Boots needs to be technologically clever to keep its position as the UK’s top beauty retailer.
Boots ranks as the UK’s number one beauty retailer in last week’s Trends feature on exclusive Kantar Worldwide research, and I like to think that in many ways this is because of me.
Well people like me, anyway. In my quest to save money by performing as many of my grooming and beauty treatments at home as possible, I end up racking up Advantage card points quicker than you can say “home waxing kit”. My bathroom shelf even looks like an aisle straight out of a Boots store.
Boots is the beauty retail equivalent of the self help section of a bookshop. The beauty of Boots is not only equipping yourself with home hair dyes and clay facial masks that cost a fraction of the same treatment in a salon, but discovering things you didn’t know you needed. Like specialised waxing products for your upper lip, sticker fingernails, thin and thick tweezers, portable hair straighteners, vitamins to keep you alert and herbal products to help you sleep.
I even turned to Boots when I decided to try my hand at cutting my own hair and was spoiled for choice in terms of “professional home hair care tools”. Who knew I needed scissors and a trimmer, a round brush and a flat brush, a thin comb and a thick comb?
It might sound like I am defeating my original mission of saving money by purchasing so many add on items (which Boots obviously encourages you to do through strategic product placing and three for two offers that entice even when you want just one item). But if you think about the products in a cost per use sense, it still works out cheaper than a lifetime of visits to a salon, and Boots is definitely cashing in on this new way of thinking.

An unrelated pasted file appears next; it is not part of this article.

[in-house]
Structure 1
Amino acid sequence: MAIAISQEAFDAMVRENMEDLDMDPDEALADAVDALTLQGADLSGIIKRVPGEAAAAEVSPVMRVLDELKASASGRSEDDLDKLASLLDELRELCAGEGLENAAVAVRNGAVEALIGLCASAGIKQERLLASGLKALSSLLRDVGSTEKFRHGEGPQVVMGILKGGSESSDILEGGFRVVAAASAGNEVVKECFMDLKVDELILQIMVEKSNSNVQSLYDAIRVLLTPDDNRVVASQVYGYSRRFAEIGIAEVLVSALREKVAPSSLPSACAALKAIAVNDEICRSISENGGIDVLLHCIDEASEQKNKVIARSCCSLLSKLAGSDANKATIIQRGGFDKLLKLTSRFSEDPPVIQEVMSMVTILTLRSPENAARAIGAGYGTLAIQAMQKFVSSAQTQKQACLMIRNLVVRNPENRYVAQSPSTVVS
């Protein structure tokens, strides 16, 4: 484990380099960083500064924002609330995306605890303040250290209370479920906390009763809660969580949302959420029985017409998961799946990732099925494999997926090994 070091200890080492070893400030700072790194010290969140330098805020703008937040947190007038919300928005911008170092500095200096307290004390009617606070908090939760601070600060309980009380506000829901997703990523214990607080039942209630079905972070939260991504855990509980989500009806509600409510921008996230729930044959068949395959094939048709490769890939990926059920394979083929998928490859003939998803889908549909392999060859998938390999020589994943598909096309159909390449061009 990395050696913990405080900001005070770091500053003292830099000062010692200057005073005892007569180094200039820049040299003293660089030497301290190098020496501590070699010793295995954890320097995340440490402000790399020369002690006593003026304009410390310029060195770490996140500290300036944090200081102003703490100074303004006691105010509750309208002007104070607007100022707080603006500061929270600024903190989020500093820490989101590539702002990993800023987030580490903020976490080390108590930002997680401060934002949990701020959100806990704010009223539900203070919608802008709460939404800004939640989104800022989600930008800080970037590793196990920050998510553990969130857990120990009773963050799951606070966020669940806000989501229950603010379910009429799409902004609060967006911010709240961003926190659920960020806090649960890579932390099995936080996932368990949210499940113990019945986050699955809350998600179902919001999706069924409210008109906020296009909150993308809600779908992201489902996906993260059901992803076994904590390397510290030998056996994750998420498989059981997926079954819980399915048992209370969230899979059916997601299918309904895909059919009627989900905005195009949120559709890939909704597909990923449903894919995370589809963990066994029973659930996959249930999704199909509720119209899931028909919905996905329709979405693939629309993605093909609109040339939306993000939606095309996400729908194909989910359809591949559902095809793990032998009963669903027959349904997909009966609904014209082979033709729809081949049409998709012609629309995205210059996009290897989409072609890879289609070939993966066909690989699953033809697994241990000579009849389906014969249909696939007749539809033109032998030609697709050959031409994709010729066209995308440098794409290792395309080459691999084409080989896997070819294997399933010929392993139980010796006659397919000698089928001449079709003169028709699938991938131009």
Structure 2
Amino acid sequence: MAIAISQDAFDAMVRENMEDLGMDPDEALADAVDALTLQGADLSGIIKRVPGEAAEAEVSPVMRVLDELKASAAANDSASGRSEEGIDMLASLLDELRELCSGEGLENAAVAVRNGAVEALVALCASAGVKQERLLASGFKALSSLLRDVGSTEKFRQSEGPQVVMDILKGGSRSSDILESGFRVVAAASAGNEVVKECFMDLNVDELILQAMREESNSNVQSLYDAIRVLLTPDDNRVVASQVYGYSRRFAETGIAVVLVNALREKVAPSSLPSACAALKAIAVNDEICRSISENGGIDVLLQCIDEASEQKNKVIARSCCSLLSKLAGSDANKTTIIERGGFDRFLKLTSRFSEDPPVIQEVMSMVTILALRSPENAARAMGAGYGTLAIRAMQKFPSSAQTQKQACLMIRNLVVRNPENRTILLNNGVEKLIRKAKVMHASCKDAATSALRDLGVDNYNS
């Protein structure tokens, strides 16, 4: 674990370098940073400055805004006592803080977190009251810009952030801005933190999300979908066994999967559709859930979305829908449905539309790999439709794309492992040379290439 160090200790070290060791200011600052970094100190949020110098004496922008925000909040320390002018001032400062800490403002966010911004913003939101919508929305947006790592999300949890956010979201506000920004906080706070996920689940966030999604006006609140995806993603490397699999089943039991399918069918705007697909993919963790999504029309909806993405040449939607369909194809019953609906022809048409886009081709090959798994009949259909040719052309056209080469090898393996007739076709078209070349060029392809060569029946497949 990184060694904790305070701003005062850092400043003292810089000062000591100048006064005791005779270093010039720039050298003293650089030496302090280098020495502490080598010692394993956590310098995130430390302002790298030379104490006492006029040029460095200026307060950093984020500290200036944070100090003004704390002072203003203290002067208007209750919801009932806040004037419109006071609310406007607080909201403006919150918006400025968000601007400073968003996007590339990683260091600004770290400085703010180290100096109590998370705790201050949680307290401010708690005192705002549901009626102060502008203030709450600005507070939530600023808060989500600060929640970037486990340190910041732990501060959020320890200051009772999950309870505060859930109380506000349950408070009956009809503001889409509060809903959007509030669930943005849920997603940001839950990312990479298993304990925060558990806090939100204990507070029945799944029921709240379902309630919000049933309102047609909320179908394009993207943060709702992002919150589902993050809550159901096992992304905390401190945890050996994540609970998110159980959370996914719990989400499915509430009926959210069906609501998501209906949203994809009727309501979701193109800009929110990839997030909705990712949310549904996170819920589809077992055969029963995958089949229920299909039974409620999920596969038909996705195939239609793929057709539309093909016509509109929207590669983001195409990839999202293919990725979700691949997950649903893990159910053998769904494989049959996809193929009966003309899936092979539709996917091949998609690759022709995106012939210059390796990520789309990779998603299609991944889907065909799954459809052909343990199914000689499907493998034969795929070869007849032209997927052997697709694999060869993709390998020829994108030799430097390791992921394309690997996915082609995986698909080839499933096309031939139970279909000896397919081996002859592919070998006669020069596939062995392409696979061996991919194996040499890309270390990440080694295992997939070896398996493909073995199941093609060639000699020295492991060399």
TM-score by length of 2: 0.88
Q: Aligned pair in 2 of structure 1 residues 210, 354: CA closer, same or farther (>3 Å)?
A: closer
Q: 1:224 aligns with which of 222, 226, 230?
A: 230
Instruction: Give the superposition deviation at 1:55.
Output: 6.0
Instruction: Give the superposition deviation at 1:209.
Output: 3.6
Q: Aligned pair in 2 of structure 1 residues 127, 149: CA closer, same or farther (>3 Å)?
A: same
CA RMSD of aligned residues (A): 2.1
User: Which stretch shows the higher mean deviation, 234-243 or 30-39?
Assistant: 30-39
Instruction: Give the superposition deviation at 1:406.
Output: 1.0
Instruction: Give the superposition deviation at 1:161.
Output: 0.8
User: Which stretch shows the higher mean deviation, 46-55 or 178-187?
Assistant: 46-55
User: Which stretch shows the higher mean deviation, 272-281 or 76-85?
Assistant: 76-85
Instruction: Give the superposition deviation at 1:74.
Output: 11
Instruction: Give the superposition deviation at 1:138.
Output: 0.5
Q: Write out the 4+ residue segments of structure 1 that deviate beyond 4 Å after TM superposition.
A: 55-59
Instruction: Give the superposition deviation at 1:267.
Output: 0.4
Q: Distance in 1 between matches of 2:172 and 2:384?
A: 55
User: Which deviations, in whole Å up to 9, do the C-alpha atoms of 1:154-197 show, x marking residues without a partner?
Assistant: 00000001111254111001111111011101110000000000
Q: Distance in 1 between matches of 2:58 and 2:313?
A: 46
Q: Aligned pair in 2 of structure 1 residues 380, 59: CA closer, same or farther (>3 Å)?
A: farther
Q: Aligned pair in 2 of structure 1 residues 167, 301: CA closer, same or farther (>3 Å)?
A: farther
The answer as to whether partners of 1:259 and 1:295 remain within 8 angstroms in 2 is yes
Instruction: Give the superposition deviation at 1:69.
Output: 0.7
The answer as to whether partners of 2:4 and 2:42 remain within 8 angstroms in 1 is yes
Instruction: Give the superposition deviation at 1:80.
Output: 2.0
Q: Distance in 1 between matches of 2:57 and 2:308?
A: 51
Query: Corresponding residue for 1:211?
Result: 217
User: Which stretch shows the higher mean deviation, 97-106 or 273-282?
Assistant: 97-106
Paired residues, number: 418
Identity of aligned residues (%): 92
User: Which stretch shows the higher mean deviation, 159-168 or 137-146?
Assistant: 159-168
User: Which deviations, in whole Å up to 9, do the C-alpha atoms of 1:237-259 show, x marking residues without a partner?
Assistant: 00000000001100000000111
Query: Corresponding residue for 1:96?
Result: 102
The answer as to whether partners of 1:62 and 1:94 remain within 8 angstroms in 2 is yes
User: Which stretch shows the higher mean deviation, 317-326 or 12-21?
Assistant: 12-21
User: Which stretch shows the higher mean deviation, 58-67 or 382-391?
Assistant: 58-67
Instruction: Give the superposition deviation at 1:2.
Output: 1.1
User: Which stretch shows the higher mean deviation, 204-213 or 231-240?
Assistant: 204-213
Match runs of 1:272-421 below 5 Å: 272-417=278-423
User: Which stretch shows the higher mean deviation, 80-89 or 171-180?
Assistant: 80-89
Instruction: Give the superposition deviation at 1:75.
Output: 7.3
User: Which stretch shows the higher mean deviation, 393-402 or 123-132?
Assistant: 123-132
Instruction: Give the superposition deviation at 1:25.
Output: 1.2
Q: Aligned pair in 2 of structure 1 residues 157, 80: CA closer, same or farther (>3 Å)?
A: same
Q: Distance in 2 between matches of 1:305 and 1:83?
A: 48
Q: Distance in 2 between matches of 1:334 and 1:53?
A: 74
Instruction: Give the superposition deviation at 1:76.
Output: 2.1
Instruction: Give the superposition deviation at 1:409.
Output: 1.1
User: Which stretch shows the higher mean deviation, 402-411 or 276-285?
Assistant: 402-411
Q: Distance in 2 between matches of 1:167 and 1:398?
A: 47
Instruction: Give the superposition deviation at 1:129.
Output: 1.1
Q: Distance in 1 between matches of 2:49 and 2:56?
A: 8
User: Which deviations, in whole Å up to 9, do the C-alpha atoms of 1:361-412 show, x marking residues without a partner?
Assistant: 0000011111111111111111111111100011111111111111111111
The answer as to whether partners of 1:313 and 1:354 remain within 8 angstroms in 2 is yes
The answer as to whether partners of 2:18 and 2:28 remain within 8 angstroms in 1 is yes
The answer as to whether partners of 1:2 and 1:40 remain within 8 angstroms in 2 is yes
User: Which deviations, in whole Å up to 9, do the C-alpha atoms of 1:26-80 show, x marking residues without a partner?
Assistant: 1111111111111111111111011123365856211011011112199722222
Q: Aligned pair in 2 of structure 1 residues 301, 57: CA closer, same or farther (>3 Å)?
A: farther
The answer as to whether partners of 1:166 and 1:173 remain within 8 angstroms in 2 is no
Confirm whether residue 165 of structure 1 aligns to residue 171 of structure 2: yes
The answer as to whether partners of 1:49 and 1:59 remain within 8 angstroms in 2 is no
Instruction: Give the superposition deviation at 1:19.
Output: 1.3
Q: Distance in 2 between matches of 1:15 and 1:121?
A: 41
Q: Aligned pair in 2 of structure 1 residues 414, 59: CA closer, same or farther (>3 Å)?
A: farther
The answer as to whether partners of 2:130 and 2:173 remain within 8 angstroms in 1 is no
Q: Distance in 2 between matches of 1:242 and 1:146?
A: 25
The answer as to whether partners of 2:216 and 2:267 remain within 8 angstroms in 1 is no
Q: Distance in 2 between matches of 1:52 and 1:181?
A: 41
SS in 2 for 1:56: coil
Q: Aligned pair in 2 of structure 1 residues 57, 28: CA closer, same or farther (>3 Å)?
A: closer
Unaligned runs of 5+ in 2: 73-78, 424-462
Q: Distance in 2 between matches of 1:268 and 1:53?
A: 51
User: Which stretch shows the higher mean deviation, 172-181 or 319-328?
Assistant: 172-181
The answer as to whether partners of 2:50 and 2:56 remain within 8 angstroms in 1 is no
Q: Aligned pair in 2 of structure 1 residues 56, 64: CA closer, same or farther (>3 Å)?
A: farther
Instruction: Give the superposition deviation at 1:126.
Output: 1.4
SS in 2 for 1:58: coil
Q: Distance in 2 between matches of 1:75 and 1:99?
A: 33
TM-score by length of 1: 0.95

It’s no wonder then that Boots not only topped the Kantar survey I mentioned, but recently reported a 14% yearly increase in profits to over £1 billion.
Especially when, as the feature on Kantar research says, spending on premium beauty products is up 11% year on year, something of which Boots is supplying more and more to cater for people in the market like me, who are trading down from spa treatments to home products that still give a quality result. As Sharon Scott from Champneys comments, the brand switched its exclusive stockists of its home spa products from Sainsbury’s to Boots, recognising the retailer’s appeal to home groomers.
But could Superdrug’s new reinvention strategy, heralded by its recent rollout of 10 fashion-led concept stores, see it creep up from its 5th position in Kantar’s ranking and take Boots’ top place?
To me Superdrug has always been the less cool cousin to Boots and I have always been put off by its cheap teenage feel. Having said that, I thought the same of make up brand Maybelline, preferring instead to splash out on Max Factor – until I attended a pop up Maybelline store last year and was impressed by the brand’s attempts to premiumise its range through new packaging and product lines.
Perhaps Superdrug could turn a similar about face and give Boots the real run for its money it has been attempting to for years. That’s why Boots’ mobile and digital investments, outlined here, are so important. So I can keep getting my Advantage points, at least.
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